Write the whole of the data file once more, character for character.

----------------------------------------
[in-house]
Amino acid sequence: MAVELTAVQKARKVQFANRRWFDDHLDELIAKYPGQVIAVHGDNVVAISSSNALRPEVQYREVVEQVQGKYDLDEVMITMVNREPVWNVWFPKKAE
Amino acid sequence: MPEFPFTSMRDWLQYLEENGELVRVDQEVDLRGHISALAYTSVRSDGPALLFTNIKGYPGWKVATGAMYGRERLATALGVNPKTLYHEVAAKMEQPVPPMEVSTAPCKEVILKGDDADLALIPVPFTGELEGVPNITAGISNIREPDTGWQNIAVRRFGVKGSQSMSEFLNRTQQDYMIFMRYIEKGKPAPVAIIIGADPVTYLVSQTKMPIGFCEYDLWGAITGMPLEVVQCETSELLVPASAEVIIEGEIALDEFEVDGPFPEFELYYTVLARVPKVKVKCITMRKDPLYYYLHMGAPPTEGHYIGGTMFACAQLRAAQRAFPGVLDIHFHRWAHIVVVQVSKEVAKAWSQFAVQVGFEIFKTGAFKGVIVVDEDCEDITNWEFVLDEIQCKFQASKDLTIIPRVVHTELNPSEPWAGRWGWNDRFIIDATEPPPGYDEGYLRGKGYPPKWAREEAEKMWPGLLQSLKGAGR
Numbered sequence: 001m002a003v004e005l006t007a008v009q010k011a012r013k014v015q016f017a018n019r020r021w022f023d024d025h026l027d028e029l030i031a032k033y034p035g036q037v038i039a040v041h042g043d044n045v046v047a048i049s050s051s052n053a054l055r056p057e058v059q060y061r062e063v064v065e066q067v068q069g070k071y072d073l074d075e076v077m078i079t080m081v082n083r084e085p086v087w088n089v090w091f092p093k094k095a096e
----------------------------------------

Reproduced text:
[in-house]
Amino acid sequence: MAVELTAVQKARKVQFANRRWFDDHLDELIAKYPGQVIAVHGDNVVAISSSNALRPEVQYREVVEQVQGKYDLDEVMITMVNREPVWNVWFPKKAE
Amino acid sequence: MPEFPFTSMRDWLQYLEENGELVRVDQEVDLRGHISALAYTSVRSDGPALLFTNIKGYPGWKVATGAMYGRERLATALGVNPKTLYHEVAAKMEQPVPPMEVSTAPCKEVILKGDDADLALIPVPFTGELEGVPNITAGISNIREPDTGWQNIAVRRFGVKGSQSMSEFLNRTQQDYMIFMRYIEKGKPAPVAIIIGADPVTYLVSQTKMPIGFCEYDLWGAITGMPLEVVQCETSELLVPASAEVIIEGEIALDEFEVDGPFPEFELYYTVLARVPKVKVKCITMRKDPLYYYLHMGAPPTEGHYIGGTMFACAQLRAAQRAFPGVLDIHFHRWAHIVVVQVSKEVAKAWSQFAVQVGFEIFKTGAFKGVIVVDEDCEDITNWEFVLDEIQCKFQASKDLTIIPRVVHTELNPSEPWAGRWGWNDRFIIDATEPPPGYDEGYLRGKGYPPKWAREEAEKMWPGLLQSLKGAGR
Numbered sequence: 001m002a003v004e005l006t007a008v009q010k011a012r013k014v015q016f017a018n019r020r021w022f023d024d025h026l027d028e029l030i031a032k033y034p035g036q037v038i039a040v041h042g043d044n045v046v047a048i049s050s051s052n053a054l055r056p057e058v059q060y061r062e063v064v065e066q067v068q069g070k071y072d073l074d075e076v077m078i079t080m081v082n083r084e085p086v087w088n089v090w091f092p093k094k095a096e